15 September 2007

Very few adapted to the new name. Most people remember Myanmar as Burma. That's what it was called when its distinguished citizen U Thant was U.N. Secretary General. When a military junta took over, Master Thant refused to return under their autocratic rule. Only as a dead body, his casket returned by a plane which stopped overnight in the Beirut airport. A grateful former aide, the Director of the U.N. Information Centre there, stood in solitary vigil on that windy January dawn.

Daw Aung San Suu Kyi would have been U Thant's student -- almost a daughter. Her detention for so many years -- together with other political prisoners -- is unjust, unacceptable, and criminal. She is by now a symbol of freedom and democracy. Further detention is certainly not in Myanmar's national interest -- to the contrary -- every day that passes with her detained draws further condemnation of the oppressive junta. Last year a breakthrough seemed in sight when a senior U.N. official, Under-Secretary General Ibrahim Gambari visited Yangoon as well as neighbouring countries with potential impact. A carefully timed statement by an Interior Minister official that Suu Kyi no more represented a threat to national security was read as a face-saving prelude to letting her go. Media posturing by other U.N. officials led to shutting that door nervously and swiftly.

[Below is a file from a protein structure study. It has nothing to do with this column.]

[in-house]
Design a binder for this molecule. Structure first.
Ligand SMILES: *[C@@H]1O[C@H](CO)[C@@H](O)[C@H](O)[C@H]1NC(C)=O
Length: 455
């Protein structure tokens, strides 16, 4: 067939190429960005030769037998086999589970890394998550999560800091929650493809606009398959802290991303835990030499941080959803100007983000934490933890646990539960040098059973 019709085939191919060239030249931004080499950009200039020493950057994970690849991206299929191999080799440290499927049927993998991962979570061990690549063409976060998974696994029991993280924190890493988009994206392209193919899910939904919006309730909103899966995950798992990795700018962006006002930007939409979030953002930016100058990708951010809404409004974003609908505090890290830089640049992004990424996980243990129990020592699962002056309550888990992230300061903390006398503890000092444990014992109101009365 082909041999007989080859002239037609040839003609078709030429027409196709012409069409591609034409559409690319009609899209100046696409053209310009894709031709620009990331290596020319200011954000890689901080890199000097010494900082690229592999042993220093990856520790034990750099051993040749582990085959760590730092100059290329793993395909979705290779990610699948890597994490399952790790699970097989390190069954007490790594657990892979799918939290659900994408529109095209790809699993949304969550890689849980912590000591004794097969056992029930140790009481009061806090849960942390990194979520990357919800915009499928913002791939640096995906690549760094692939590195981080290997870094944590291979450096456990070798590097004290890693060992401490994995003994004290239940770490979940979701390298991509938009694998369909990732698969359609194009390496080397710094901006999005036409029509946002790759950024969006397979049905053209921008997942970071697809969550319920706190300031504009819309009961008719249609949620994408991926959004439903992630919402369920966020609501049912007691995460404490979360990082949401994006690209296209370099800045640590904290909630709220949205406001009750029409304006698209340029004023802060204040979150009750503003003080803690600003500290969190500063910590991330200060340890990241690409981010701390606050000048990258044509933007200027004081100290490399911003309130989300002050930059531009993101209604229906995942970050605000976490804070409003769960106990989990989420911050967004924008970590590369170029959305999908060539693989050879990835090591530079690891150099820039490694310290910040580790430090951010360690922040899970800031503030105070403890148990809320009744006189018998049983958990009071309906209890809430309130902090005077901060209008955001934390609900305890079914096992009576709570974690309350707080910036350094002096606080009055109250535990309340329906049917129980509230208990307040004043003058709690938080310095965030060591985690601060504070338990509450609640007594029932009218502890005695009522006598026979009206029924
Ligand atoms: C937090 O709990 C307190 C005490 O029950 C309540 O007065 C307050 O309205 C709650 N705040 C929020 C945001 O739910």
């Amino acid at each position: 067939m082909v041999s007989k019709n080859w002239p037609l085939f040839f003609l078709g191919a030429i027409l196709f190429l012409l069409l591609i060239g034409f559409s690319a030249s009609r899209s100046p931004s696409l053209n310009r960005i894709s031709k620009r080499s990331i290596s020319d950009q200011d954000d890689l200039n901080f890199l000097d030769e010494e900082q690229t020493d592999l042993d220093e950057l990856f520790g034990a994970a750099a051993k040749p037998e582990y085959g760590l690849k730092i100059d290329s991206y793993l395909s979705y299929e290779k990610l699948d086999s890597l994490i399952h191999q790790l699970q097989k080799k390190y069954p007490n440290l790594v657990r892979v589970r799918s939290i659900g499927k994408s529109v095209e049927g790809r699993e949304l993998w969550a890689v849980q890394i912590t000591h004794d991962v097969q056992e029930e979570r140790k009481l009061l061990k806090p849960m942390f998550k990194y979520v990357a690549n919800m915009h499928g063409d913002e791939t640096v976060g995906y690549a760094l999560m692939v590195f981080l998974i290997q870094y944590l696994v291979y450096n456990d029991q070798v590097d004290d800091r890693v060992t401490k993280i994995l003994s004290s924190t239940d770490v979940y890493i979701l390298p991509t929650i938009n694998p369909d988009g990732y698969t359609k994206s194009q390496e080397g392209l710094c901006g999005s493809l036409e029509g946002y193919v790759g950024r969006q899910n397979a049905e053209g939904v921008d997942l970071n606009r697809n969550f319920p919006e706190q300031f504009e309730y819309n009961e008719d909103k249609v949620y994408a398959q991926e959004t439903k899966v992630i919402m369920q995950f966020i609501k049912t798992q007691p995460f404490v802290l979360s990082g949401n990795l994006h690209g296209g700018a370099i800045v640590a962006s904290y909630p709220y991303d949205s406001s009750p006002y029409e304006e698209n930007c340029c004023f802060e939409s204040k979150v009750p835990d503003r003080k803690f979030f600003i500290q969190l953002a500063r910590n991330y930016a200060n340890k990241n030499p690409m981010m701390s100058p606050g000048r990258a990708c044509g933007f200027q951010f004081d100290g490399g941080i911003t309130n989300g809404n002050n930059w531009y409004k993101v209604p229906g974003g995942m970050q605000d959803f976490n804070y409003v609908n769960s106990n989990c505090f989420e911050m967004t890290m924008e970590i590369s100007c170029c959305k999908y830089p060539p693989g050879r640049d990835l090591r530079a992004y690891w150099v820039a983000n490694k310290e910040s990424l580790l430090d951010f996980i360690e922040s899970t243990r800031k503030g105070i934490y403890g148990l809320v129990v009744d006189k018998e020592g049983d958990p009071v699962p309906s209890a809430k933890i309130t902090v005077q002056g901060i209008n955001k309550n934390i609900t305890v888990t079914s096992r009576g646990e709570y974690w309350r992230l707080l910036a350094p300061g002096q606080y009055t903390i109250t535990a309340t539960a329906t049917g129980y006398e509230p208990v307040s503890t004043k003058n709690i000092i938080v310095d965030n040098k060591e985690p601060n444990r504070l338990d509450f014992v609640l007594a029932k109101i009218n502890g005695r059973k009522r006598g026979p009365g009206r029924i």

A fresh effort is underway. Ambassador Gambari is once more on the trail, representing Secretary General Ban Ki-Moon. Since taking over earlier this year, the Secretary General stated that he will make every effort to promote national reconciliation, the restoration of democracy, and the respect for human rights in Myanmar. That includes, of course, the immediate release of Daw Aung San Sui Kyi and all political prisoners in an all-inclusive national reconciliation process.

Recent repressive mishandling of demonstrations is a cause of great concern. It called into question the government's stated commitment to reform. It also reinforces the need for the international community to intensify efforts to address the many challenges in Myanmar. While publicly expressing concern is expected, a wider role for the U.N. is to pursue diplomatic and political contacts. Without giving up hope, it should continue approaching key officials in that country and senior decision-makers in nearby capitals who had promised to exert influence.

It just so happens -- on the positive side -- that Ambassador Gambari is the only international player who has maintained face to face dialogue with Myanmar's leaders. His mission has been followed closely even from unexpected quarters like U.S. First Lady Laura Bush.

It is time to step up engagement with the ruling officers in Yangoon to obtain results soon. While they should hear outright condemnation by the press, they should also be discouraged -- directly and vividly -- from actions that undermine national reconciliation and urged, on behalf of the international community, to deliver on the needs and expectations of their people. While public posturing may reflect public anger, effective diplomacy should be allowed to take its course. Express your feelings. But let Mr. Gambari do his job. He may surprise you.